Orchestras are the cathedrals of the classical music world. Music is our art form and music is our purpose, but we must be honest about a rapidly changing society and the relationship we have with our audiences. In the recent past, work that orchestras did ‘out of house’ in the community was called ‘outreach’. Is this not what a cathedral does to its congregation? It ‘reaches out’ to them. The term ‘outreach’ has now been dropped for the more current ‘creative learning’, but in my view that is something different altogether.
Scottish Ensemble is continually reaching out and renegotiating its relationships with its audience and the community. Alongside performances as a whole, it is using those empowered individual musicians to directly reach out, build relationships and to provide purpose. Administration and musicians work as a team and there is mutual respect across the board. The players feel valued and supported and the resulting creative diversity contributes to the strength of the company as a whole by doubling, tripling, or even quadrupling the artistic pool of ideas.
Scottish Ensemble has recognised my passion for teaching and education and given me many opportunities to write and deliver projects for the organisation. In this way, alongside performing, I have been able to mentally stimulate myself whilst ‘making a difference’. When doing a project, I see myself as ‘reaching out’ to the children, touching their lives with music, and hopefully opening them to the possible ways music can transform their futures. It is music after all that makes us human.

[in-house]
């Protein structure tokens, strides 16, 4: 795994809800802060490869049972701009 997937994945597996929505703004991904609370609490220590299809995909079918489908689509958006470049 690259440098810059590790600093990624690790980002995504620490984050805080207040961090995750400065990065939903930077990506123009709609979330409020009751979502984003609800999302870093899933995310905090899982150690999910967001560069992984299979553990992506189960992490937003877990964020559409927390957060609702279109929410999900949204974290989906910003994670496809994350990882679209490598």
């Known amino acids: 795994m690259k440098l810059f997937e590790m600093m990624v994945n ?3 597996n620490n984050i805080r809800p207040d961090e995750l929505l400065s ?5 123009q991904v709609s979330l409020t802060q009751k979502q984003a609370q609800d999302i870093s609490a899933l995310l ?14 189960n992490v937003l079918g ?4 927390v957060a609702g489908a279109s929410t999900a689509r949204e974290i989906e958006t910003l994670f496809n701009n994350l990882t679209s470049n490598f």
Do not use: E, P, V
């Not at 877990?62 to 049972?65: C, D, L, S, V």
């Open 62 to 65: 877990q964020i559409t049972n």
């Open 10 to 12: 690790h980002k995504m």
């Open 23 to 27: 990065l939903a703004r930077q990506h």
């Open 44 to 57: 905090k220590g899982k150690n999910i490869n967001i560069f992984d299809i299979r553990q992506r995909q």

Secondary school children gather for a performance by Scottish Ensemble musicians following a workshop by violinist Joanne Green (far right) at the 2018 Dumfries and Galloway Arts Festival
On Fraser Anderson’s advice (CEO of the Scottish Ensemble until 2018) and with gentle pressuring, I applied for a leadership programme called Find Your Way run by the Association of British Orchestras (ABO). “Designed to utilise the existing resources, artistic skills and expertise of the ABO and its members, Find Your Way offers emerging leaders the opportunity to discover their long-term potential. Increased confidence, individual motivation, clarity of direction, productivity and creative enterprise.”
In 2018/9 there is cohort of six and the programme runs for 9 months. I am the only musician, the rest being in orchestral management. We are from all over the country, working in different companies and in different jobs. One of our tasks is that we must deliver a fresh thinking session at the ABO annual conference. The four-month process of jointly developing the presentation has been a steep learning curve for us all in terms of personal development, respect, and tolerance, and there have certainly been moments of tension. But the joint creative process has been truly been inspirational. The collaborative brainstorming experience has been the intellectual stimulation I have been seeking. That combined with being mentored by Louise Mitchell, CEO of Colston Hall and Bristol Music Trust has given me the confidence to establish my own contacts in the wider industry.